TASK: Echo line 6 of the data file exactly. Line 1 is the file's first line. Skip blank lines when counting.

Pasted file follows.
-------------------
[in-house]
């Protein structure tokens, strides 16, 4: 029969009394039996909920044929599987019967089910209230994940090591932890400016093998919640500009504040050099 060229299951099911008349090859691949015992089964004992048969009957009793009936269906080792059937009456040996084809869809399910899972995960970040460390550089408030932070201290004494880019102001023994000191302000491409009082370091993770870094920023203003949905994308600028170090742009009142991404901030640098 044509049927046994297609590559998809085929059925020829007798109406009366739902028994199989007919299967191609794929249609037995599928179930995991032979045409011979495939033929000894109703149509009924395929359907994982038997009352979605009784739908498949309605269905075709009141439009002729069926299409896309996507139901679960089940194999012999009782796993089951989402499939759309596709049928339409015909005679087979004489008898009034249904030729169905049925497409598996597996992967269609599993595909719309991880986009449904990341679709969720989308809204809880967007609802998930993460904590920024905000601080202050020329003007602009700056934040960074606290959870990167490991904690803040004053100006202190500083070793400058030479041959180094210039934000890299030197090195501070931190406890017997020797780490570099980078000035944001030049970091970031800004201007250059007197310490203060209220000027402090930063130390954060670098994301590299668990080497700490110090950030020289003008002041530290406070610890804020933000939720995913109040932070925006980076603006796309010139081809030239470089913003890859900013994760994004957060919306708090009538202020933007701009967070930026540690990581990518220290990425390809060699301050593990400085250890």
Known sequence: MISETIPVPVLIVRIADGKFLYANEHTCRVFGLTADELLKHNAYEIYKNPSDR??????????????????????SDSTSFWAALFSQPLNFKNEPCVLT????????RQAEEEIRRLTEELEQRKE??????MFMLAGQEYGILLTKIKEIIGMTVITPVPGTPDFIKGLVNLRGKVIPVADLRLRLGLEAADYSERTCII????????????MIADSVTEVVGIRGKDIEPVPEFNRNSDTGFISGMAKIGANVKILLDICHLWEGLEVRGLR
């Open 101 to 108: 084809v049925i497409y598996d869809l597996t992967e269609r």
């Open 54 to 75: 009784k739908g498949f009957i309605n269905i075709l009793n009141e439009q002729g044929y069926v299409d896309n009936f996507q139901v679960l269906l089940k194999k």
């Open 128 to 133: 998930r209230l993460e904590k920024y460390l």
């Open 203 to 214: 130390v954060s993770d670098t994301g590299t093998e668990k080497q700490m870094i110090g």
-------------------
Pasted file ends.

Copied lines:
């Open 128 to 133: 998930r209230l993460e904590k920024y460390l």